Herald publishes five-part education series!

Even in its heydays, the Boston Herald was hard-pressed to match the Boston Globe in substantive beat reporting, especially on issues such as education, but it wasn’t for lack of effort.

While the Globe had multiple reporters covering the different stages of education – a reporter for Boston schools, another for statewide elementary and secondary education, a higher ed reporter and still another for state education policy coverage – the joke in the Herald newsroom was the education beat covered “K through death.”

A smaller staff, a need to feed the daily beast, and just the vagaries of the tabloid format, which restricts space and requires more picture displays and less long-form pieces, all worked to make sweeping, big-idea stories the exception rather than the rule. And with newsroom reductions affecting everyone, there is no longer a reporter assigned exclusively to education coverage at the Herald, while the Globe, like other outlets, has thinned its education beat reporting ranks as well.

Which made it all the more surprising on Monday when the Herald unveiled the first of a five-part series on Boston public schools, with the focus on four schools that have made strides in improving and changing the educational approach. Tomorrow, the series concludes with a promised lengthy interview with Superintendent Carol Johnson.

The series, titled “Head of the Class” and written and reported by columnist Jessica Heslam, in many ways is pure Herald, focusing on aspects of the approach taken by the four schools that are throwbacks to basics that are near and dear to Herald readers’ hearts: School uniforms, longer school days, teaching courtesies, and discipline.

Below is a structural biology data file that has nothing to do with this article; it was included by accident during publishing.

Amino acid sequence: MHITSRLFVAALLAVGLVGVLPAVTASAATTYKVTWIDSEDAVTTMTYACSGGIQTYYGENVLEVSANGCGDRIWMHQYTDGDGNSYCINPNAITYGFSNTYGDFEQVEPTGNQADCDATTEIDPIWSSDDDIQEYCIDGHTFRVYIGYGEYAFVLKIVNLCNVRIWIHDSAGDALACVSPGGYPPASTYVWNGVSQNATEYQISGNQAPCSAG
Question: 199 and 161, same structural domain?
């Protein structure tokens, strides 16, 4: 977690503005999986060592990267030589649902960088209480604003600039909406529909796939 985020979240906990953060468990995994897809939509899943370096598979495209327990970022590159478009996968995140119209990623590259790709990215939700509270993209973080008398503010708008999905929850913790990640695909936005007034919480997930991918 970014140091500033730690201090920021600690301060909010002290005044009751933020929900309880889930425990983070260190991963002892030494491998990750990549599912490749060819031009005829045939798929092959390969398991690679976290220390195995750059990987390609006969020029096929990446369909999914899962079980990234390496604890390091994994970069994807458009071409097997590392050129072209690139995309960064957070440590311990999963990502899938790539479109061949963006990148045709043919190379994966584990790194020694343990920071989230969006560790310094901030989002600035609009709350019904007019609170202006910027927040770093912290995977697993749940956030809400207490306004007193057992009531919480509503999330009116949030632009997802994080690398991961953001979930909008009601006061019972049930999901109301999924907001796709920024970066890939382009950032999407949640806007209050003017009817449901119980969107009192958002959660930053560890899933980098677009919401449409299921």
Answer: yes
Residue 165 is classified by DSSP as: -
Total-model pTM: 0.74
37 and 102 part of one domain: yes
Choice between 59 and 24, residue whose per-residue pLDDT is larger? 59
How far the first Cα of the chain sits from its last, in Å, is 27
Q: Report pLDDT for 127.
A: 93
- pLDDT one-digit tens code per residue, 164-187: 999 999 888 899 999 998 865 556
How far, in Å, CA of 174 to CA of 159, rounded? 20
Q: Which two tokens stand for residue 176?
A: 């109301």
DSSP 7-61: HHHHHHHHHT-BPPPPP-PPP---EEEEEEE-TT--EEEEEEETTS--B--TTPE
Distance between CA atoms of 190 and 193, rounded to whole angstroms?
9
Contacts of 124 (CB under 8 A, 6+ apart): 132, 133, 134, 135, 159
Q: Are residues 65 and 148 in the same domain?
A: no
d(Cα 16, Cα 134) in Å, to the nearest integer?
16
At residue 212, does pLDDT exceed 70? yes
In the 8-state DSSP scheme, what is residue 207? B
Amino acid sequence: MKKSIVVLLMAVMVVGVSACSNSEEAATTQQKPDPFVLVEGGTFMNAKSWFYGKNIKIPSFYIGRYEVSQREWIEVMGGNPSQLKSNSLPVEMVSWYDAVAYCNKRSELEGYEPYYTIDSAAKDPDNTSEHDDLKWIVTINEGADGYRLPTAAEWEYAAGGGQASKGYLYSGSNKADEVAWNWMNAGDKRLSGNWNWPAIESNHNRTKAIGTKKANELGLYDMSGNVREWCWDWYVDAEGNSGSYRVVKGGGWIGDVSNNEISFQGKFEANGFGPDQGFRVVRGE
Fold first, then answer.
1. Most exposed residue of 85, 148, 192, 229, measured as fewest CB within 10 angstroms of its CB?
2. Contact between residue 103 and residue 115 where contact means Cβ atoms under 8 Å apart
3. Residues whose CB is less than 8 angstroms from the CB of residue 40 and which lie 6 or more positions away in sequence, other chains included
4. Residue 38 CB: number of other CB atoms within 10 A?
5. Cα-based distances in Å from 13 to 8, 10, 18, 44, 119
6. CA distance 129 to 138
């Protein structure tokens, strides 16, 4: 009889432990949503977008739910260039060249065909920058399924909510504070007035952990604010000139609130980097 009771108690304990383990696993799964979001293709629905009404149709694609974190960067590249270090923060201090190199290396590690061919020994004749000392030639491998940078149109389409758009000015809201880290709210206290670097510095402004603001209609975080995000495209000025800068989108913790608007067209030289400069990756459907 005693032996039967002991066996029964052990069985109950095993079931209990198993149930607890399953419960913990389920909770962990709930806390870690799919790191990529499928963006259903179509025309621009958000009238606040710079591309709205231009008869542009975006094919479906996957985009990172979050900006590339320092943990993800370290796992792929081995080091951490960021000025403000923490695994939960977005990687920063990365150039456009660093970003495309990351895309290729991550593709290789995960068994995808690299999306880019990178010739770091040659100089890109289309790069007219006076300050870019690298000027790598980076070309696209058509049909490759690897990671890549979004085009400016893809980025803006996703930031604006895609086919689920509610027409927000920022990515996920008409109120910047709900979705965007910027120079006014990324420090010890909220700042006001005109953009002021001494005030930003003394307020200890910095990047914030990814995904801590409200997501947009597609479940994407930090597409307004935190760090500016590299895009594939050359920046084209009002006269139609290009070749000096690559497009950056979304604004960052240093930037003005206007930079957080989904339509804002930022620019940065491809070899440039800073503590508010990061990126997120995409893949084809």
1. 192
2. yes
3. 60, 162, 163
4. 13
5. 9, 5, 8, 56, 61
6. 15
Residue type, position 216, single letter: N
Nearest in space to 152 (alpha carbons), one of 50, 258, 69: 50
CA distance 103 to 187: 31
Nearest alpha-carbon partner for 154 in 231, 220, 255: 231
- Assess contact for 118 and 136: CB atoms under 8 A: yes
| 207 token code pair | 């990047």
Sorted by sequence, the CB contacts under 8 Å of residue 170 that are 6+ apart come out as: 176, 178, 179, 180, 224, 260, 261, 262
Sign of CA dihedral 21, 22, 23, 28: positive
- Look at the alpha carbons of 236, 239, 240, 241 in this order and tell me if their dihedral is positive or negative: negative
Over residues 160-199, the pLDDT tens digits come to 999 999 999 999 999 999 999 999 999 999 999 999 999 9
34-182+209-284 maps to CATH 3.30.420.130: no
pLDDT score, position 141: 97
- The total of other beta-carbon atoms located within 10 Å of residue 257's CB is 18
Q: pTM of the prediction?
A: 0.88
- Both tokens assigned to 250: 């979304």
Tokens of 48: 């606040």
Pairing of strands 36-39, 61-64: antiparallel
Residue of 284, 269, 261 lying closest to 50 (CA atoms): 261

Don’t expect mutli-page takeouts or nuances about MCAS scores and incremental improvements. The stories still carry the Herald approach – short, to the point, and with lots of bullet points. Each story has a main piece giving the overview of the school, a short side-bar about someone who is making a difference at the school, and an accompanying “facts” box about the school and its revamped approach.

But in other ways, the series is contrary to the direction the Herald has been going and, to the paper’s credit, required dedicating a reporter, photographer, and design person, all valuable resources in this day and age of tightening budgets.

The series has looked at TechBoston Academy; UP Academy, formerly known as Gavin Middle School; Orchard Gardens School; and the Joseph Lee Elementary School. All four schools have been targeted by the federal government as part of its “turnaround” program.

The series doesn’t quite carry the heft of the recent “Building Better Schools” special report in the Standard-Times that sent a reporter around the country looking at urban districts to find approaches that could help turn around New Bedford schools. But don’t blame that on Heslam, who has covered local government, general news, and education throughout her tenure at the Herald and the Patriot Ledger. The series shows she spent considerable time in the classrooms and talking to teachers, parents, and administrators.

It also shows the Herald still takes its responsibility seriously to report on issues that affect its readership. The series won’t likely win awards or become a go-to repository to gauge progress in the Boston schools, but it should win some appreciation from readers that the tabloid has not abandoned its core constituency. What it can also do is trigger interest and discussion among the Herald’s bread and butter, Boston’s blue-collar readers who make up the majority of public school parents in the city. As they say, you learn something new every day.

                                                                                                                                         –JACK SULLIVAN


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